First-world problems are a frequent source of discussion here, and today’s post on dual high-income couples is no exception.
While it might sound amazing to have the earning power of two doctors, lawyers, engineers, professional athletes, or any combination thereof, there are some unique challenges faced by such couples.
When nearly half of one person’s salary is taxed and you’ve got $600,000 in student loans, between the two of you, maybe you don’t have it as good as other people think you so.
Cue the world’s smallest violin. This article from Dr. Jim Dahle originally appeared on The White Coat Investor.
There are lots of differences that a dual high-earner couple faces in comparison to a single doc, a single earner couple, and a couple with one high earner and one low earner.
Some are advantageous and some are disadvantageous. Let’s go through a few of them.
Double Medical School Loans Means a Bigger Hole
One of the worst parts about being a dual high-earner couple is that you start out with a much more negative net worth. If the average med student graduates with $200K, the average couple may have $400K. That might be $600,000 by residency graduation, and that’s average.
If you’re above average (which you are likely to be since you had no working spouse to help support you in school) that could be $800K or even $1 Million!
That debt burden alone prevents many couples, who would prefer to have one of them stay home with the kids, from doing so. They simply both have to work in order to make the loan payments.
Dual Income Means a Bigger Shovel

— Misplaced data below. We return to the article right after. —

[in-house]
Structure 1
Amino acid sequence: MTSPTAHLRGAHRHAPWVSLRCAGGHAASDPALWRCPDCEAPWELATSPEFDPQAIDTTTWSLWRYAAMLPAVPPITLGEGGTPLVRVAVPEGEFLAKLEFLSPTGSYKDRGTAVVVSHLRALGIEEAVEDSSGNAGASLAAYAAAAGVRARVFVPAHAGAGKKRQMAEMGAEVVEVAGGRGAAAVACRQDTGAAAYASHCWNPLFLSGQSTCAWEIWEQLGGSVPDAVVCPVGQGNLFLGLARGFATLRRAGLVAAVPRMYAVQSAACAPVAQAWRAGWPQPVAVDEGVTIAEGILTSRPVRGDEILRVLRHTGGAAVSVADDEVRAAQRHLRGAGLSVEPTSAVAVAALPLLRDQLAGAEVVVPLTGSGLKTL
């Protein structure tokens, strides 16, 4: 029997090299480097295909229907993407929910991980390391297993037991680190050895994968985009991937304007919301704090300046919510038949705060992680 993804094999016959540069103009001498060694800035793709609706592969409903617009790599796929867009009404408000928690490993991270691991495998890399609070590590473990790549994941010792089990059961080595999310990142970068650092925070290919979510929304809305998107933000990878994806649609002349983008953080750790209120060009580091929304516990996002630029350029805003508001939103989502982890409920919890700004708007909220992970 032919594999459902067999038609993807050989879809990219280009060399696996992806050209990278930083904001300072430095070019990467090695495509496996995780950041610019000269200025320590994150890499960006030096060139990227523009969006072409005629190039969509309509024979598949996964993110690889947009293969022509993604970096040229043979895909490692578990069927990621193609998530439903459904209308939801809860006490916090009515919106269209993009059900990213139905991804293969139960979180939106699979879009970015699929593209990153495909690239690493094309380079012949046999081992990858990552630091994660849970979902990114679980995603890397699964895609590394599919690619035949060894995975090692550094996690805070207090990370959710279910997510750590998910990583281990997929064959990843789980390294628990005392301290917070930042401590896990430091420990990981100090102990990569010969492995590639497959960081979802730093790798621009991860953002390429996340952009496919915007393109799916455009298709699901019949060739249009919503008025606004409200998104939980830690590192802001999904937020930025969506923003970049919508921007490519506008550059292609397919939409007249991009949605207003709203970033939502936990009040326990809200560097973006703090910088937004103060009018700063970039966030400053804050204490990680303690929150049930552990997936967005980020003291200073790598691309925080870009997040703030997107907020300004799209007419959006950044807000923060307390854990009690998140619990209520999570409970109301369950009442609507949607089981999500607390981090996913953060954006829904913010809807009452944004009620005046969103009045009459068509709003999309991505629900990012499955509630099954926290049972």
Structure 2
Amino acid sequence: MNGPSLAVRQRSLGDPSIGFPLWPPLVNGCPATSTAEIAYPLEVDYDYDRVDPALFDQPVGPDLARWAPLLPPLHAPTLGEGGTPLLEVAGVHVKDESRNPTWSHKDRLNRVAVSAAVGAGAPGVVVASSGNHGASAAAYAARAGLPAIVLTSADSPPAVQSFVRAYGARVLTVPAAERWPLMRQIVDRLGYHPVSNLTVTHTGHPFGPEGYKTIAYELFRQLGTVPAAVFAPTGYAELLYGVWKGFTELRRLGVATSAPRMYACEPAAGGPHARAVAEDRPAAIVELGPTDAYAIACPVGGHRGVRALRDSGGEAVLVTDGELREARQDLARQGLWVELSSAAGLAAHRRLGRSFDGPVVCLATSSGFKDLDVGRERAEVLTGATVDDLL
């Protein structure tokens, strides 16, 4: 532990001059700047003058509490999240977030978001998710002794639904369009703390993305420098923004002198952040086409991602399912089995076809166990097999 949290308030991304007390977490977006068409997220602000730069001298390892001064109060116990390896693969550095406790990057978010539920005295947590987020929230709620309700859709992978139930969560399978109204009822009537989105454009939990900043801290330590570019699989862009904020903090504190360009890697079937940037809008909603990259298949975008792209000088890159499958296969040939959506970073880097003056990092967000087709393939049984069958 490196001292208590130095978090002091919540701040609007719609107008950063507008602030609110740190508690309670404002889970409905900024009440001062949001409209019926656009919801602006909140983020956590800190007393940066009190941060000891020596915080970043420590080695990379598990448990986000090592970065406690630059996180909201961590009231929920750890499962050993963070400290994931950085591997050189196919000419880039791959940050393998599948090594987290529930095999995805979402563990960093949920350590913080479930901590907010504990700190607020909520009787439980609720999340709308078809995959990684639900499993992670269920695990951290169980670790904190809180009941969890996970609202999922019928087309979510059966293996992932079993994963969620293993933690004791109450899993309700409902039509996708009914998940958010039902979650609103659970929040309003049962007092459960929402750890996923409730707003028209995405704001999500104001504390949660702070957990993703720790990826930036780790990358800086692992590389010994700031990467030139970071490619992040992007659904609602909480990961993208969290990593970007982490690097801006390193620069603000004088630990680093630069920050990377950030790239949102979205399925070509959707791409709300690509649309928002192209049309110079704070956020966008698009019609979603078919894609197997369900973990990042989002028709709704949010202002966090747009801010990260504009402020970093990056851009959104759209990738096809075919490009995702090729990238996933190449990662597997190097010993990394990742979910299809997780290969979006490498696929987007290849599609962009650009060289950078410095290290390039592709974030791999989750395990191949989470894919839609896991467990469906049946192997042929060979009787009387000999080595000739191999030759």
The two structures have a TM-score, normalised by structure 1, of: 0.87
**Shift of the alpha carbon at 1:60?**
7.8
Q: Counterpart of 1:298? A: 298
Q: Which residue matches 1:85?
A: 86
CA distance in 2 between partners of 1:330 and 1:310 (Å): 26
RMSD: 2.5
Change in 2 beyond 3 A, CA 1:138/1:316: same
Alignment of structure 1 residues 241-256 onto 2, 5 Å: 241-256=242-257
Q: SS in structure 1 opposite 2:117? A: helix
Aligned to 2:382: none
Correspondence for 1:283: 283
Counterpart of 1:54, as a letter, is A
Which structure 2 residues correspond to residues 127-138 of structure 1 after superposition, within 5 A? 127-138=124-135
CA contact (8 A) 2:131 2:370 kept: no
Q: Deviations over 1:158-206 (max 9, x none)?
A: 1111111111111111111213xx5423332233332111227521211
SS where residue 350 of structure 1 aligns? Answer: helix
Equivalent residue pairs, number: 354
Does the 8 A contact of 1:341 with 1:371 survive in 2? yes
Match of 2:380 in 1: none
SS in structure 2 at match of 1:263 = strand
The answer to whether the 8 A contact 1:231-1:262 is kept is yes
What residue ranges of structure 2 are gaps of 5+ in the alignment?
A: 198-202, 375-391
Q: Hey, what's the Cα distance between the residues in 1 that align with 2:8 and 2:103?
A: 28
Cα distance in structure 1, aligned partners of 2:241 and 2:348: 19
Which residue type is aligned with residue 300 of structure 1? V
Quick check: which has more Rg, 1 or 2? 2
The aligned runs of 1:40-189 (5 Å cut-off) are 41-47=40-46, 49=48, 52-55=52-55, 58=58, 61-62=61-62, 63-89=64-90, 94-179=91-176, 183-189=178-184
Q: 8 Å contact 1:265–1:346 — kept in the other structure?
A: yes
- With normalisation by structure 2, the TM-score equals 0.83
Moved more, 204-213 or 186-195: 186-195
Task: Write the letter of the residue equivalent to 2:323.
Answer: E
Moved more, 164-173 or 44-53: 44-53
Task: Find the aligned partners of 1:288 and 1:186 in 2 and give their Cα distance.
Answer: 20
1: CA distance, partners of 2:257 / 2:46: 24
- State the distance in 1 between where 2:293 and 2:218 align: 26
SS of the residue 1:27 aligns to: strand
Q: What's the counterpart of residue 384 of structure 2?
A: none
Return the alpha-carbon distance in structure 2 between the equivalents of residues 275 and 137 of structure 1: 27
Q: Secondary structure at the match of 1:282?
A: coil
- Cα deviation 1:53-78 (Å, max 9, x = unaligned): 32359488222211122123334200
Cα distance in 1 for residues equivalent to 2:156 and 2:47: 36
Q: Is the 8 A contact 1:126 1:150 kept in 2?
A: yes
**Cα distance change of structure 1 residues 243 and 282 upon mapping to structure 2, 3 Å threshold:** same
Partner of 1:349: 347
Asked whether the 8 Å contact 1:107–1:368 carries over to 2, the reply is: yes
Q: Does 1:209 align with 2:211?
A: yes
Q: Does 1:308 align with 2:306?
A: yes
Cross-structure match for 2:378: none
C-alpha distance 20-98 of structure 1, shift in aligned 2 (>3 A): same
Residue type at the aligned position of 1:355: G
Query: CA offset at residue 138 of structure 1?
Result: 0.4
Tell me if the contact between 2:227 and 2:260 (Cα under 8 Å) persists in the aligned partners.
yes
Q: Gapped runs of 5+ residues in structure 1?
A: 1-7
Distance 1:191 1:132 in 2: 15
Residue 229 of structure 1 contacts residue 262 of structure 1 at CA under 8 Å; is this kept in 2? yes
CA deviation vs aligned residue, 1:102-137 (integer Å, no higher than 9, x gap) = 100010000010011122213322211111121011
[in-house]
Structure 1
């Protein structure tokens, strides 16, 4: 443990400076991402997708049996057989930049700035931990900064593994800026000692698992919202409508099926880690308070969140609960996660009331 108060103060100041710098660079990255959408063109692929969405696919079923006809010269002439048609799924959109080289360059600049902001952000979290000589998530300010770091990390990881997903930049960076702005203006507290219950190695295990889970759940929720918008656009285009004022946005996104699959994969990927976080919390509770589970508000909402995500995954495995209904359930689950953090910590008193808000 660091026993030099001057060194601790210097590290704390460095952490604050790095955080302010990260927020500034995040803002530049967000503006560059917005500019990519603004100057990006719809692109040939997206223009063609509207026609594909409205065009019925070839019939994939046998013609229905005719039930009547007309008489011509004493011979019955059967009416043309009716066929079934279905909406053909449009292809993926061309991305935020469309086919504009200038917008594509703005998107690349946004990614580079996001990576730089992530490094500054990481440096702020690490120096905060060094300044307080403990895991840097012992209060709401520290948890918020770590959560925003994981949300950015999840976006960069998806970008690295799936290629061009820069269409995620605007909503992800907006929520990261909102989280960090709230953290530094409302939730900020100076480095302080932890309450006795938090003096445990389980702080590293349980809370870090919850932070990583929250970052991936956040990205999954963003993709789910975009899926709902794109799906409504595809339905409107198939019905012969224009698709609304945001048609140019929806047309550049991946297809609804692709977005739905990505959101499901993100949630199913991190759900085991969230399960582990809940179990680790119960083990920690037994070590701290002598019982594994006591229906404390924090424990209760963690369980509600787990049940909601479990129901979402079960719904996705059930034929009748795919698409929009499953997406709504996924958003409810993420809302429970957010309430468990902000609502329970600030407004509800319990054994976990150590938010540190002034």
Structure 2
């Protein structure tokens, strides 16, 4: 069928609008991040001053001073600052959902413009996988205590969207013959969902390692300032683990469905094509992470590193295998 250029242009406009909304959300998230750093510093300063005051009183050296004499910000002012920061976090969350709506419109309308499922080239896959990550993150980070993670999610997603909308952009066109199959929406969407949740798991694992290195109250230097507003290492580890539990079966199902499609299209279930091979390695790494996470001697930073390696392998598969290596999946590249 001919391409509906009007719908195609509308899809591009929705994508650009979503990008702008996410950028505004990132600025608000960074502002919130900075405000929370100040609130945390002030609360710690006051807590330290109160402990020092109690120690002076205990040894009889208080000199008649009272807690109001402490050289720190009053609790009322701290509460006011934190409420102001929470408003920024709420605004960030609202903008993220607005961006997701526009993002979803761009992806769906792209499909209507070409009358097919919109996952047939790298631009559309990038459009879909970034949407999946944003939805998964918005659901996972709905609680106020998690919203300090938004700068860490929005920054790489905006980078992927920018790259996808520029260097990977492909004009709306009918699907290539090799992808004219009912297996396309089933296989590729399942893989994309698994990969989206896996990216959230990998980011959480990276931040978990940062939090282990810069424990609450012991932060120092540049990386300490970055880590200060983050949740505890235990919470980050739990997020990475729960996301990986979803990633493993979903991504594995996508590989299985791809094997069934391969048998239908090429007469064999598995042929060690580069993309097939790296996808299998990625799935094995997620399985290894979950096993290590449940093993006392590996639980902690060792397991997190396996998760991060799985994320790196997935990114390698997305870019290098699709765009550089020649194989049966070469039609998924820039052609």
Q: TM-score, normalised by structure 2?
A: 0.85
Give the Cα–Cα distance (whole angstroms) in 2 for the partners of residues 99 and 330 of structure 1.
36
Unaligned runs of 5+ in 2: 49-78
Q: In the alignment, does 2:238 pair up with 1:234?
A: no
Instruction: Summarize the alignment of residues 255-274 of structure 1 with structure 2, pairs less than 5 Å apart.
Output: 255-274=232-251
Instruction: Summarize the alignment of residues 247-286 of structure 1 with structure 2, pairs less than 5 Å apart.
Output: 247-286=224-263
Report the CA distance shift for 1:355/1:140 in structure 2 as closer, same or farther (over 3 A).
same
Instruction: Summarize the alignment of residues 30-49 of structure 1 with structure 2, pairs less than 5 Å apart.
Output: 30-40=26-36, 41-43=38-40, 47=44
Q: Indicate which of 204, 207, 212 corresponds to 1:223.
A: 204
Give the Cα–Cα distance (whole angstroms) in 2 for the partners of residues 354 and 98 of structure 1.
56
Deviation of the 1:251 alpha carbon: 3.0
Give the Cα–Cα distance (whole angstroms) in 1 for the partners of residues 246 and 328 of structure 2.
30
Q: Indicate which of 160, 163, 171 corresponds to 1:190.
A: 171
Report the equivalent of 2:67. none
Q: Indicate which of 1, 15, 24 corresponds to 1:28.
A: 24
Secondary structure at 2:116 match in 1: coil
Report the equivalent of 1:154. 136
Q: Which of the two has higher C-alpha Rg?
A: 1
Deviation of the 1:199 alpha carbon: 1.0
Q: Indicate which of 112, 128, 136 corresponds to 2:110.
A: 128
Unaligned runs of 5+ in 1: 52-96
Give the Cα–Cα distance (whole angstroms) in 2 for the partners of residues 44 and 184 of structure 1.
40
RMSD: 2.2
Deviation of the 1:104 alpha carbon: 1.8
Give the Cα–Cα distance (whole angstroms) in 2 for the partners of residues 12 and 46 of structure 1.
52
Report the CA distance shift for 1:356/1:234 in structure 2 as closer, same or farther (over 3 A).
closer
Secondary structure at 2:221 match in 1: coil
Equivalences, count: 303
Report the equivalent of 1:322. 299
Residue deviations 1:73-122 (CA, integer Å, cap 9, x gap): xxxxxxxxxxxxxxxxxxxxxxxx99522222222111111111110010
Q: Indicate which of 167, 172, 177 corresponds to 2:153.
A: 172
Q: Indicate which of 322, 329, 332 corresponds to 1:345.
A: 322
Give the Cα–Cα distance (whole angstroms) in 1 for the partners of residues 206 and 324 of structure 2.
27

Luckily, that bigger hole is typically matched by having a bigger shovel. Sure, you might owe $600K, but you also may earn $600K. Dual income couples can throw gobs of money at student loans every month.
Imagine living on only one physician income and throwing the rest at the loans. Or living like residents. Or even like A SINGLE resident. A $600,000 loan goes away very quickly when you’re throwing $30,000 at it every month.
But here’s what’s cool. Even after the student loans are gone, that $30,000 can go toward paying off a house or reaching financial independence just as easily. That big shovel doesn’t go away when the student loans are gone.
Student Loan Refinancing Disclosures
You Don’t Need Two Doctor Houses
Doctors like to live in doctor houses and doctors and their spouses like to drive doctor cars and they like going on doctor vacations. But a two doctor couple doesn’t need two doctor houses nor four doctor cars nor double doctor vacations.
Like any other couple living together, you might get to save almost half of the living expenses!
Higher Childcare and Household Costs
Of course, that all goes away when you have kids. A one-earner couple saves all kinds of money on childcare costs. The stay-at-home parent also likely has more time to shop wisely, prepare food, care for the house and yard, plan vacations, and otherwise maximize the household economy.
Two docs working 60+ hours a week will either not do those things well or have to hire them out. Child care is particularly expensive, and high earners lose out on the tax benefits of paying for it.
Higher Taxes for Dual Income Couples
This one is particularly painful. While for many people there is a marriage tax bonus when you get married, most dual-high income couples that get married face a marriage tax penalty.
Not only does our progressive income tax system penalize higher-earning couples by making the entire income of the second earner taxable at the marginal income tax rate (or higher) of the first earner, but they also have to pay two sets of payroll taxes, for much less than twice the benefits.
Upon realizing just how high this penalty is, many dual-income couples decide to have one of them stay home with the kids either full or part-time!
More Retirement Accounts
Another great aspect of having a second earner is the availability of additional tax-protected (and usually asset-protected) retirement accounts. While you only need a spouse, not a working spouse, to do a spousal Roth IRA and a family contribution to an HSA, other retirement accounts, such as a 401(k), require an actual second earner.
This is especially useful if the retirement accounts offered by your employer stink. You can preferentially max out your partner’s options and live off your earnings.
Complicated Residency Student Loan Management